“The Temporary Foreign Workers Program, at its inception, was designed to bring workers in to fill temporary gaps in the labour force. Over time, it’s become a program to fill permanent gaps in the labour force with temporary workers,” he said.
“I think we can do better.”
In June, Fraser announced his department was developing new pathways to permanent residency for people in Canada under temporary permits. The announcement of a new program is expected as early as next month.
Eliza MacLauchlan of the Cooper Institute, who helped many of the temporary foreign workers disentangle themselves from the P.E.I. farming company, agrees fundamental change is needed.
But she doesn’t think improved enforcement will solve a problem at the heart of the temporary foreign worker program: the tying of workers to one particular employer.
“We are dealing with folks that are very isolated and … quite dependent on their employer. They are in rural areas,” said MacLauchlan.
“Sometimes their only contact on the Island is with the employer that they are working for.”
Program expensive for employers
That particular aspect of the program is difficult to change, said Fraser, because it is at the heart of how it works.
Employers face a significant investment of time and money to bring in temporary foreign workers, including completing a labour market impact assessment (LMIA), paying a fee for that process, and incurring the expense of recruiting workers and bringing them to Canada.
The workers must also be provided with accommodation at minimal cost.
“When an employer goes through that process, they want to have some certainty that they’re going to have access to the worker at the end of the day, so they don’t incur great cost and expend a lot of energy to bring a worker here, who crosses the street and works for a competing business,” said Fraser.
‘A complete answer’
That is not to say, however, that change is not possible.
Because temporary workers are now filling permanent labour market gaps, Fraser said now is a good time to explore new pathways to permanent residency.
There’s no shortage of different ways that we can get people here.— Sean Fraser
“When they have the ability to pursue permanent residency, that is a complete answer for them to be able to work for different employers,” said Fraser.
He is also interested in finding new ways to bring temporary foreign workers in, beyond employer sponsorship. These could include allowing family members of current temporary foreign workers to come to Canada, or expanding the ability of international students to work.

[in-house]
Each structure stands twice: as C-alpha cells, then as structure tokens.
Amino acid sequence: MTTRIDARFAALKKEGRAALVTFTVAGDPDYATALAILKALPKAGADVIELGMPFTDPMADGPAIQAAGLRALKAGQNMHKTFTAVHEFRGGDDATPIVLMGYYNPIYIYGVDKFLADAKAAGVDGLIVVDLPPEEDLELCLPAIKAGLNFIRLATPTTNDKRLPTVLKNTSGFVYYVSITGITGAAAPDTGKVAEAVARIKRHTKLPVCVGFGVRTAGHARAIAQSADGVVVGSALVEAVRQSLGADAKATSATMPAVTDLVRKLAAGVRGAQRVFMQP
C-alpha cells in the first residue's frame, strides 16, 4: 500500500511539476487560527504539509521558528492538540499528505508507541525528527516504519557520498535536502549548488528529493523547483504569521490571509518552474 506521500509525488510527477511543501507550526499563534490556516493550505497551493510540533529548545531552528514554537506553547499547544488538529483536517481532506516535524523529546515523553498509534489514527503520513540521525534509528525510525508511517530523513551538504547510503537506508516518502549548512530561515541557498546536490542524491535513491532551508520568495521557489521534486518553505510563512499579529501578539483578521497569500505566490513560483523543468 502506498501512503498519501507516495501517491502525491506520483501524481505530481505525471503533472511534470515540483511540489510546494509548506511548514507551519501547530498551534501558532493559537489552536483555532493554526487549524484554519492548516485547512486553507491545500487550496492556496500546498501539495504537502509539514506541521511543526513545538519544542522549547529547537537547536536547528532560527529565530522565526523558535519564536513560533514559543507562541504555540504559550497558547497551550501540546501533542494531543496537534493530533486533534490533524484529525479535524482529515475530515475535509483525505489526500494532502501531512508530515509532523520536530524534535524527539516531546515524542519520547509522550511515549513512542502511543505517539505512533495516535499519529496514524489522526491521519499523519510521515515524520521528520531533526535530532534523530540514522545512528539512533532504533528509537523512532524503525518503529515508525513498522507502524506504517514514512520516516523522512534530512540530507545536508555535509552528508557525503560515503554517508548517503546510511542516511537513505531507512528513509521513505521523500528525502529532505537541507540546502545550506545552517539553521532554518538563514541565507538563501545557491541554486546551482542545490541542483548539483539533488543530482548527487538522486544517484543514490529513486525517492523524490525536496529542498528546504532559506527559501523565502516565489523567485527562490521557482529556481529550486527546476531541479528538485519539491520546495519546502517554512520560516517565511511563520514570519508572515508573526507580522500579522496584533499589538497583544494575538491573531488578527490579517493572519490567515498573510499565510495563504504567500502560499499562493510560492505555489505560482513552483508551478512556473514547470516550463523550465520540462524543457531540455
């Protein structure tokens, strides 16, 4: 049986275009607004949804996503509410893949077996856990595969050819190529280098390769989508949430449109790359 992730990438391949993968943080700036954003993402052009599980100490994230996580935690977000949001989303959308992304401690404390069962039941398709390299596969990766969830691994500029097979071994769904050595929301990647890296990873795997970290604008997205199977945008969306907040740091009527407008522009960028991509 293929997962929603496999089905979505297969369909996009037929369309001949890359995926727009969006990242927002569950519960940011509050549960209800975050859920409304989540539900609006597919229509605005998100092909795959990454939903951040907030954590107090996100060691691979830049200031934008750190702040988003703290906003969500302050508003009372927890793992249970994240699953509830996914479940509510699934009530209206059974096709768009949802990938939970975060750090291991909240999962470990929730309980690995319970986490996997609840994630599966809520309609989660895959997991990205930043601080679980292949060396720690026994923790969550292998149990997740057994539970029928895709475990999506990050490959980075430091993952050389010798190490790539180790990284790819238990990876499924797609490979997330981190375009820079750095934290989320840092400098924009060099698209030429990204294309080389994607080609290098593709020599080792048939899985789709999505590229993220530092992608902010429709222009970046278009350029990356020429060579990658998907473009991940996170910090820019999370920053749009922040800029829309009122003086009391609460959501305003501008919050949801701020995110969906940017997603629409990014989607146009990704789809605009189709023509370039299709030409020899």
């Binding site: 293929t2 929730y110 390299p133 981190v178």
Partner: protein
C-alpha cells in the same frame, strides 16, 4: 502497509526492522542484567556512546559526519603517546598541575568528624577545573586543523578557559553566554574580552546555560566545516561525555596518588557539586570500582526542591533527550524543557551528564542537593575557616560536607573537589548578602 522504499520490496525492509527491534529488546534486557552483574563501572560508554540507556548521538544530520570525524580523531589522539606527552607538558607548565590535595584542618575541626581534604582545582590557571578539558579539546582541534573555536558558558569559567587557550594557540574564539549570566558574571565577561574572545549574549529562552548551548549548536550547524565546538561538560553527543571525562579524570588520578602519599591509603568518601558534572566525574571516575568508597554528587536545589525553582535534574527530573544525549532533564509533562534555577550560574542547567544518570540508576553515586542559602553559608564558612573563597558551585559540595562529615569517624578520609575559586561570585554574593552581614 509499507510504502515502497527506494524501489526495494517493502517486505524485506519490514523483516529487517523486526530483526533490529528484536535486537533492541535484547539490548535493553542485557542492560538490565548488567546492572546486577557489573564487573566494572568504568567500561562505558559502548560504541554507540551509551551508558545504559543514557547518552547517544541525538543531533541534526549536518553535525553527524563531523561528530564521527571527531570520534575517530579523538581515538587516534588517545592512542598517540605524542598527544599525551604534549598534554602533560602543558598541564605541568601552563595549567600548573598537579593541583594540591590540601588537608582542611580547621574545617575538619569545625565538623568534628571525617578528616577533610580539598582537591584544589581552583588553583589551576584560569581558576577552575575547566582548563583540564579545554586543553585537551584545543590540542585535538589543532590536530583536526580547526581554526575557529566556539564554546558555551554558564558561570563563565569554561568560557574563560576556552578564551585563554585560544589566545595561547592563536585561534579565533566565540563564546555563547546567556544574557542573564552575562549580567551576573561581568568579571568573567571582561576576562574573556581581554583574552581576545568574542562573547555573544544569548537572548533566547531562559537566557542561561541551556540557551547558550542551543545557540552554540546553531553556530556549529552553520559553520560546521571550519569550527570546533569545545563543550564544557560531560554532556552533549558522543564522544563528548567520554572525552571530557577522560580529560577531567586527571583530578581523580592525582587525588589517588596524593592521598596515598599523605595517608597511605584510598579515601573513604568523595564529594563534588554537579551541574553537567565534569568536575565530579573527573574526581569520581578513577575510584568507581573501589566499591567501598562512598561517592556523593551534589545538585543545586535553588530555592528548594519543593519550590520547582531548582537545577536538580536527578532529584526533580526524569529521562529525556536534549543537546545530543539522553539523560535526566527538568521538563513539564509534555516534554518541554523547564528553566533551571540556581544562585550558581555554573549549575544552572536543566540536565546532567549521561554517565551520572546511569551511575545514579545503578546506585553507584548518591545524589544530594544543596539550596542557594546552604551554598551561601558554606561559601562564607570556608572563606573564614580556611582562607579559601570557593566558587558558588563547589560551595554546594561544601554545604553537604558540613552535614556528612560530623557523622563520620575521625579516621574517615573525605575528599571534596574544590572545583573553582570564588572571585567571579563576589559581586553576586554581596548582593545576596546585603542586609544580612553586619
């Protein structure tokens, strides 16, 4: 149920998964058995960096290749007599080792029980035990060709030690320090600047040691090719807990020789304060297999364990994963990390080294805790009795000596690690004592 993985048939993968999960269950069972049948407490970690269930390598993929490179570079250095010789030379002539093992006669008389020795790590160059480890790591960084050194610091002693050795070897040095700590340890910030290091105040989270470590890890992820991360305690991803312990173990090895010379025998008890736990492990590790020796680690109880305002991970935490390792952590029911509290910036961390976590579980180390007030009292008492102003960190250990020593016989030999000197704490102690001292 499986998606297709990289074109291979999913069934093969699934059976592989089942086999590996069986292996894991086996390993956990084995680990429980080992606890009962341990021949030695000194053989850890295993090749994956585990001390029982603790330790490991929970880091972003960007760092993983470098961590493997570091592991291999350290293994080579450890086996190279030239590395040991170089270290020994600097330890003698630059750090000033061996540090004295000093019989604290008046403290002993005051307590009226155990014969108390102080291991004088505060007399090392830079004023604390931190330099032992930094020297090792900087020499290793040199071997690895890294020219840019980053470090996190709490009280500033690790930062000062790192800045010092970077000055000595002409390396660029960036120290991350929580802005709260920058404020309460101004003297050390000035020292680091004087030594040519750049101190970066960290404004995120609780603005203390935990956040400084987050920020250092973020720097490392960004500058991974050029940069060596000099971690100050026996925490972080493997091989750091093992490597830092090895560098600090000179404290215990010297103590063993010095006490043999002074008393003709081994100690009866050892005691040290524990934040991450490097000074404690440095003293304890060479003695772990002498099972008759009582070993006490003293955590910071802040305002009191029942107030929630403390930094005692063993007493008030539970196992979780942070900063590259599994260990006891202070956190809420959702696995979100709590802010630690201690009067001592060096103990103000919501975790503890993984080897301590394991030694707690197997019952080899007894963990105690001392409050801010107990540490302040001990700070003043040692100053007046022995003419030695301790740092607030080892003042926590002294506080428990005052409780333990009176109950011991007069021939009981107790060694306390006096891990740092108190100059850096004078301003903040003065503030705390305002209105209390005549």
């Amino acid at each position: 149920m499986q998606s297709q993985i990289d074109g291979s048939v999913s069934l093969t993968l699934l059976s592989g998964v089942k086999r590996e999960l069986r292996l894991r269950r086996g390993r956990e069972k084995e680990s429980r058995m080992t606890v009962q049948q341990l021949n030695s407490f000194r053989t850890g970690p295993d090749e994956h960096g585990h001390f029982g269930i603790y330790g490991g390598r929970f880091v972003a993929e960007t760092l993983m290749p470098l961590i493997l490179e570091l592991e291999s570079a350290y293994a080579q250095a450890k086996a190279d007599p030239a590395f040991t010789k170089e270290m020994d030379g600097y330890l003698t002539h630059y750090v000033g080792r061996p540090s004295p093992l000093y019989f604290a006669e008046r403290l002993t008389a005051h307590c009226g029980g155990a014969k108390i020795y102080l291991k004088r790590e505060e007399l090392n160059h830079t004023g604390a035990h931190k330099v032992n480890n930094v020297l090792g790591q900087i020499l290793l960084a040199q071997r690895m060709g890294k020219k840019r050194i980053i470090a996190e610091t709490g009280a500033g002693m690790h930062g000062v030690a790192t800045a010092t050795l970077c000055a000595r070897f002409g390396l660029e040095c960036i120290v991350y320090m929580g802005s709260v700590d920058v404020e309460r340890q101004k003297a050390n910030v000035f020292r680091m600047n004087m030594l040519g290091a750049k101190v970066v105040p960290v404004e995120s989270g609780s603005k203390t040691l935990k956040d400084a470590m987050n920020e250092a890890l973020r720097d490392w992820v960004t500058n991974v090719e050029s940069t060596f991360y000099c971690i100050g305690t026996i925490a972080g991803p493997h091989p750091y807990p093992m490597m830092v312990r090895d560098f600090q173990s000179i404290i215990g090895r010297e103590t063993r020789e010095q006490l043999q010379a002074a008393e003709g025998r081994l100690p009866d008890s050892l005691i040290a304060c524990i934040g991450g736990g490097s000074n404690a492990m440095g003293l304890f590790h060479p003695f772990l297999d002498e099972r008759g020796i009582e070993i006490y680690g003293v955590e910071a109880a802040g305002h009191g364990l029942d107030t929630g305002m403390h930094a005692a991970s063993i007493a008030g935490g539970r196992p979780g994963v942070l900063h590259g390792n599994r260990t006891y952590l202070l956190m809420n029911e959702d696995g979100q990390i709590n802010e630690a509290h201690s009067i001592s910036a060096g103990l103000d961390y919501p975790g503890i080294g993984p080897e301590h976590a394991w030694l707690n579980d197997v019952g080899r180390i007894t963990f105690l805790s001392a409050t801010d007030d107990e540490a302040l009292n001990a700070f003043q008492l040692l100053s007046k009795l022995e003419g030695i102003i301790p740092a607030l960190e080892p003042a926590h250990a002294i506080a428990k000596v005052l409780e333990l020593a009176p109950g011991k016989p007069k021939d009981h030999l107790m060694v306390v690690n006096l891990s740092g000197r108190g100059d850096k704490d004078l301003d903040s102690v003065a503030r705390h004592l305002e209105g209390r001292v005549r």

“There’s no shortage of different ways that we can get people here and potentially have the opportunity [for them] to work for different employers,” said Fraser.
“I think that the time is probably right now to both lessen the burden on employers, but also create more freedom for employees to work.”
Demographic changes including an aging Canadian population mean labour shortages are expected to continue. In response, Fraser said the federal government will need to get creative about bringing in new workers from abroad.
New starts for Thi and Van
Meanwhile, the two workers CBC News spoke to this summer have since found new employment, thanks to the open work permit process.
The workers spoke on the condition they not be named. They fear retribution against their families in Vietnam from the Vietnamese agent who arranged for them to come to Canada, and don’t want the farm company’s other workers to face retaliation. (CBC News conducted the interviews in Vietnamese, and translated what they said to provide the quotes below.)
The employees said that for months, they were left to fend for themselves without the work shifts, pay and lodgings that the temporary foreign worker program requires an employer to provide.
One of the workers, who we will call Van, left P.E.I. after getting his open work permit. He works for a restaurant.
“Life is better now,” he said. “I left everything behind on P.E.I., and now I’m starting from scratch, trying to collect work hours.”
The other worker, who we will call Thi, also left P.E.I. after getting permission to do so at the end of April. She is now working as a housekeeper.
“Life is good for now. I finally have income and can pay rent now,” she said. “The work is tough. Every day I have to clean out about 15 rooms, but at least I’m getting paid.”
Both are hoping to apply for permanent residency in the future, but feel they wasted months on P.E.I. while waiting to start collecting the hours of work they need to start that process.